Pre-race bib pick-up was quick and easy (although the volunteers weren't super familiar with where everything
was at when I arrived... they almost didn't even want to look to find the proper t-shirt size I ordered...)

I didn't want to waste battery life on my old iPhone 8, so I
snapped a quick selfie and just laid back for a few minutes

Eventually it was time to head back to the starting line and get this party started. I didn’t have any time goals in mind, but a friend had asked prior to the race when I might finish, since she was running the 15K and wasn’t sure if she would be around when I was coming in. I gave a rough estimate of probably finishing between five and six hours, but the main focus was to get in my miles with plenty of smiles (and, of course, not getting injured before the New York City Marathon).

Time to rock and roll!

Technically I would consider the trails that this race was scheduled to cover to be considered “local“. We don’t have a ton of dirt trails in Oceanside (well, ones that aren’t on the military base and are open for the public to run on), so if the hubby and I want to run trails, we often end up in Escondido and run some of, what ended up being, this course. With that said, I didn’t take a ton of photos, because I was very familiar with the terrain and views. While putting this race recap together, it dawned on me that I probably take the local spots where I run often for granted. Here’s to hoping that coming to this realization nudges me to look at my routinely used running routes through a more grateful lens.

This course was sort of like a “T“. We started at the bottom of the stick, ran up to the top where the upper line intersects, turned to the left until we hit the end of the line, turned around and ran back to the intersection and then continued on to the end of the line, then turned back and retraced our steps until we hit the spot where the two lines intersected and turned back towards the finish line. Although not everyone loves out and back sections, I do really enjoy them. I like being able to see and cheer on fellow runners (it helps take my mind off of my own running, especially if I’m struggling), as well as it gives you a preview of what you have to look forward to (at least for the next chunk), but to each their own ;)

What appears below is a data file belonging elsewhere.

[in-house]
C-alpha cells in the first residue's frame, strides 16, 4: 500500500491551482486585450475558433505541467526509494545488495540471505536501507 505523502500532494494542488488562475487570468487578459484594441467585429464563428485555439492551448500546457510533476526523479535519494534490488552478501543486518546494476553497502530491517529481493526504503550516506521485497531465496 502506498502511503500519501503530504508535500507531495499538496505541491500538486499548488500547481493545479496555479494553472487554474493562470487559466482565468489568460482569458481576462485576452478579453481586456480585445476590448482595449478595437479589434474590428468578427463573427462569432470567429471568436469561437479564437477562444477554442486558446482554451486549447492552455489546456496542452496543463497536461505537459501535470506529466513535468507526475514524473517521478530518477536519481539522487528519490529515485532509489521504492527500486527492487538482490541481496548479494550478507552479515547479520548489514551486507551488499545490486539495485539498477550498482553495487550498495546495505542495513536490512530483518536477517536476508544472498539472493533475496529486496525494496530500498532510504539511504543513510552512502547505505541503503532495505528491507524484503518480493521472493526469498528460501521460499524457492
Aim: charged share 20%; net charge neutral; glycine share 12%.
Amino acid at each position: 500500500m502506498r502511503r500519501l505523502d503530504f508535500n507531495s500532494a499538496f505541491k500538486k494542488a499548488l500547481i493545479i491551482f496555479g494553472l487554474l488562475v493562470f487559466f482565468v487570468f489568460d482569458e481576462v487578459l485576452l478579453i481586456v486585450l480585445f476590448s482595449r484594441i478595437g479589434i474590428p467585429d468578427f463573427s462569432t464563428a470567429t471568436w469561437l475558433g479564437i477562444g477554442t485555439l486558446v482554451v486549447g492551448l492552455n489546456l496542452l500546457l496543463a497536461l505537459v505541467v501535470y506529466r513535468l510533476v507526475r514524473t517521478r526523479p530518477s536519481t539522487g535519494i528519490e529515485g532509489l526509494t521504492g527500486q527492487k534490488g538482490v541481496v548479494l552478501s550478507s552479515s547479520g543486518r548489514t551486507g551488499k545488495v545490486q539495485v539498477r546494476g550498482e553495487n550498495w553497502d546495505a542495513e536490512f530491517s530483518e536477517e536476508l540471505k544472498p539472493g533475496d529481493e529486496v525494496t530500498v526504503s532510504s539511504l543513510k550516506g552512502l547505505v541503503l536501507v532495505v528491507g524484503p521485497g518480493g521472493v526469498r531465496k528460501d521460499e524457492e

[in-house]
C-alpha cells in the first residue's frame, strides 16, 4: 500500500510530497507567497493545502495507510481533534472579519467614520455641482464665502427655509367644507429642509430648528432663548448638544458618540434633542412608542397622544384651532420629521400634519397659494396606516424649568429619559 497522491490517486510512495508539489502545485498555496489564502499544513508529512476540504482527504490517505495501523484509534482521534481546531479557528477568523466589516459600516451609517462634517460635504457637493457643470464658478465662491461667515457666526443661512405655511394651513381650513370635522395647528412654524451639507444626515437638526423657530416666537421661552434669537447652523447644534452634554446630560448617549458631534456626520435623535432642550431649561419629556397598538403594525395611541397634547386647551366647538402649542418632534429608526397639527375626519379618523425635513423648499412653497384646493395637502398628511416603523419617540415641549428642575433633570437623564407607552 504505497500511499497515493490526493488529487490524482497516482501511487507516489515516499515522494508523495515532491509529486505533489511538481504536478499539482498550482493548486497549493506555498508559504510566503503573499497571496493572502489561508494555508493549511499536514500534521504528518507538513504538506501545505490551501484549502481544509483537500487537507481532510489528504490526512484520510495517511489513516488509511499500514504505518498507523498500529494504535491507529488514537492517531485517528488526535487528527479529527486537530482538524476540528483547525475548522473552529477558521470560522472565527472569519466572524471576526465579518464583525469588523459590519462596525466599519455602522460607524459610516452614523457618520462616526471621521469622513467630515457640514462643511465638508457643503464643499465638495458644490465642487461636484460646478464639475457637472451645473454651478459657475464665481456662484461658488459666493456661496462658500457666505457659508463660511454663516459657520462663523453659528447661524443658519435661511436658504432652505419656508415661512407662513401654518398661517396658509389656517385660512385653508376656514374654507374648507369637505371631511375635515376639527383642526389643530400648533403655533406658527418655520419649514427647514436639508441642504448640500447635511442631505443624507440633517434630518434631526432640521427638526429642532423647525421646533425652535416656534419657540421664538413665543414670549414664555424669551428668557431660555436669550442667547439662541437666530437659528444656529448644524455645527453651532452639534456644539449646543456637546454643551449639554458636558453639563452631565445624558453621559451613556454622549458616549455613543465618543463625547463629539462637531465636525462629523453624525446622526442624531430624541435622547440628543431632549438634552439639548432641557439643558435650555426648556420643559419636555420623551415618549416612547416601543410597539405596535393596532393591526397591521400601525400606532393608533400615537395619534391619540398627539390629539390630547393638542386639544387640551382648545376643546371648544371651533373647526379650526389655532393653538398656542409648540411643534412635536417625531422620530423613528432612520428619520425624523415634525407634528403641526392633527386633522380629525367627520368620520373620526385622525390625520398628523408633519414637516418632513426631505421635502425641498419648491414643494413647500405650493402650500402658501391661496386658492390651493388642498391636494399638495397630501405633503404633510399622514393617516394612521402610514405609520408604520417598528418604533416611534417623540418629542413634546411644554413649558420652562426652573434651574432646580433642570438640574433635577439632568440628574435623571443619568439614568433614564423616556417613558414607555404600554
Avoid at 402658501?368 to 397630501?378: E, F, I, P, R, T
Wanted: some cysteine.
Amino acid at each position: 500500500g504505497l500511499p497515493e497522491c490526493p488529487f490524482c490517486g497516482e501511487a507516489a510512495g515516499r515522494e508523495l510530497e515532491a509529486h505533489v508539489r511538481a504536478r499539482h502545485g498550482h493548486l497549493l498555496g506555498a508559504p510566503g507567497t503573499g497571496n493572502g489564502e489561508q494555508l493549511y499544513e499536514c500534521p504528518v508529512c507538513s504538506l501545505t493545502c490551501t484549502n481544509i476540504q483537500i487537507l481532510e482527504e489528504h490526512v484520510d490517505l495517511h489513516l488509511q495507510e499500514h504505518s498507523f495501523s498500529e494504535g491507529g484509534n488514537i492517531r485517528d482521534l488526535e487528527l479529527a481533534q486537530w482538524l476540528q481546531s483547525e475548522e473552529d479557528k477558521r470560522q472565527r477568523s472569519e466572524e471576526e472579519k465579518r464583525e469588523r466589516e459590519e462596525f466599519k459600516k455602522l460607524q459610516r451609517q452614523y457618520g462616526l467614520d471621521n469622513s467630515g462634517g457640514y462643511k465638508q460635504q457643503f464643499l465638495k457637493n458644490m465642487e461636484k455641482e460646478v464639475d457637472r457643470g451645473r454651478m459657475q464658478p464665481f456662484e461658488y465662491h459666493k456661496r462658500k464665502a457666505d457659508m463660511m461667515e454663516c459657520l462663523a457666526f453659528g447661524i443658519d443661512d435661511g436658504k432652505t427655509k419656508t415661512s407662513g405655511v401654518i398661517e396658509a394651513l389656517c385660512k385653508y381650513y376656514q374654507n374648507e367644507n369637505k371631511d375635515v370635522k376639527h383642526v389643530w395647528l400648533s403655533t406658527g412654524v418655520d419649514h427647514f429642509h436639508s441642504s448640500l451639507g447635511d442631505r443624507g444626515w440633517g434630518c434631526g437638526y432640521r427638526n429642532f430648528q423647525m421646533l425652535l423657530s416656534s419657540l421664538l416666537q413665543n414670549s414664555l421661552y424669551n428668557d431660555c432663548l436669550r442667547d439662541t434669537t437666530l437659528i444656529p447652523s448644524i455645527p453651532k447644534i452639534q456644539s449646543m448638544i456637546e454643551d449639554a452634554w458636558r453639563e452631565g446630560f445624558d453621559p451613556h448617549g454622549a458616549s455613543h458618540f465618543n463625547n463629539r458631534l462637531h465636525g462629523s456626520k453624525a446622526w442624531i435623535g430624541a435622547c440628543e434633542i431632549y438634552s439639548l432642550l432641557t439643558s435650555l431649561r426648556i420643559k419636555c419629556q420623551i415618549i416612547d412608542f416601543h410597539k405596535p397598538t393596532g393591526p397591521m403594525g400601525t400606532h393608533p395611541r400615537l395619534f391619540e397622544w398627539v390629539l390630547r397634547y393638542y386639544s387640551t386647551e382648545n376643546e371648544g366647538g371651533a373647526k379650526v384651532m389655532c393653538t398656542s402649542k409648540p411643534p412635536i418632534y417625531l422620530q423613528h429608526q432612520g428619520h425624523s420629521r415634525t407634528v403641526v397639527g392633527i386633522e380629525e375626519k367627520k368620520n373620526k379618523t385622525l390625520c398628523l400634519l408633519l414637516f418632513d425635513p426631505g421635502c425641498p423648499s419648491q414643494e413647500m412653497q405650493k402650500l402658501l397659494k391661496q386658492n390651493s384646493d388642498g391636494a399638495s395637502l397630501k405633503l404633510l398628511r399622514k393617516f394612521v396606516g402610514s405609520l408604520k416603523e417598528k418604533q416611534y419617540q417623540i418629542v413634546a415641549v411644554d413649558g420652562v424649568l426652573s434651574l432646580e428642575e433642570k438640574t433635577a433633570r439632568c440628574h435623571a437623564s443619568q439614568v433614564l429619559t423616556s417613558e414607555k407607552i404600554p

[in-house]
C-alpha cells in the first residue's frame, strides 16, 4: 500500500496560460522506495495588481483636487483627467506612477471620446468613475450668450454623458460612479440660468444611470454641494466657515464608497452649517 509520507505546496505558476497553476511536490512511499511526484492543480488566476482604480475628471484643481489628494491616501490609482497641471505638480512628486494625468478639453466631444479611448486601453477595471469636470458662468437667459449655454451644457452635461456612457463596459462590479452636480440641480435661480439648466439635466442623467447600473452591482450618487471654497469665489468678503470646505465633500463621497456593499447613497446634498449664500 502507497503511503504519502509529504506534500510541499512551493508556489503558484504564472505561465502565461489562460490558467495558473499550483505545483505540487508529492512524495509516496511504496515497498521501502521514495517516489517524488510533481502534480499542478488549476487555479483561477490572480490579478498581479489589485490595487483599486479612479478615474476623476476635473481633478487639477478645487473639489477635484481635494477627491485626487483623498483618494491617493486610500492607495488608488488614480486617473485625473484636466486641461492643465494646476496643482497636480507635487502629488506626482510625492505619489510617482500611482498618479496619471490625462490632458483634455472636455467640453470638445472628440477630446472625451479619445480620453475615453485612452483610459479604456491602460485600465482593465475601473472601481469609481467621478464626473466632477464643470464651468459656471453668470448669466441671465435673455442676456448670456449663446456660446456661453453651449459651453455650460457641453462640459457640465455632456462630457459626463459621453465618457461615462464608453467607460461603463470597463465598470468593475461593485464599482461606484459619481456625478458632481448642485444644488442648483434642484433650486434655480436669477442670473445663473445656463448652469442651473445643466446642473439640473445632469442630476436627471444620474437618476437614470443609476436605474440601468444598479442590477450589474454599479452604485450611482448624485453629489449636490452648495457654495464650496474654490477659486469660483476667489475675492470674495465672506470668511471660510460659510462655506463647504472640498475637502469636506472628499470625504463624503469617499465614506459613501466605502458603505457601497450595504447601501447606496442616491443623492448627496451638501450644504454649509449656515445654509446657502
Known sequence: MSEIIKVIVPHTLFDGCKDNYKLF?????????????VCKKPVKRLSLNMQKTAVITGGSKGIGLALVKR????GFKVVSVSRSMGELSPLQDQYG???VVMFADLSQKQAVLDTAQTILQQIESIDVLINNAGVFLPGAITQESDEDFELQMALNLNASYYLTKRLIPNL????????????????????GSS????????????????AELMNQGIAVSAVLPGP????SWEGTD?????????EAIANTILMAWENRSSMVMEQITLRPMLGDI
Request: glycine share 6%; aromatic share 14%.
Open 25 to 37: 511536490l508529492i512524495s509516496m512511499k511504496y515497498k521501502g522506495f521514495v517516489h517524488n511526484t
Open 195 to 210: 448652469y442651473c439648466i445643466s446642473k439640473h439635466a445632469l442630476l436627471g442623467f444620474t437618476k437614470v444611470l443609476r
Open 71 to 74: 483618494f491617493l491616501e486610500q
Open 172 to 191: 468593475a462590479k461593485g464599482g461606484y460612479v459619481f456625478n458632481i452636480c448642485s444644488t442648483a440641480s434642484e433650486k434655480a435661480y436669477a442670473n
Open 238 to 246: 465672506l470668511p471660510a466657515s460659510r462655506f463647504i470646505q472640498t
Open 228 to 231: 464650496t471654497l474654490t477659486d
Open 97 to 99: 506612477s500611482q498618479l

Although I didn’t have a time goal in mind, my competitive nature took over when I started seeing runners come back at me… I may have been counting the number of females I saw pass me to give myself an idea of what place I was in ;)


There is a decent climb on the course, where you get the majority of the elevation gain (especially because you have to run it twice - once on the way out and once on the way back), called Raptor Ridge. Prior to hitting it the first time, there was a fun aid station with the volunteers all dressed in dinosaur/Jurassic Park gear. Well, if you know me, you probably know that I love a good character stop and the inflated dino costumes are pretty high on my favorite list. I asked one of the volunteers to snap a picture of me and the T-Rex, only to be told we should have a mini dance party. I mean, I may have wasted a few ounces of energy getting my groove on, but I think I gained anything I lost with the joy it added to my heart.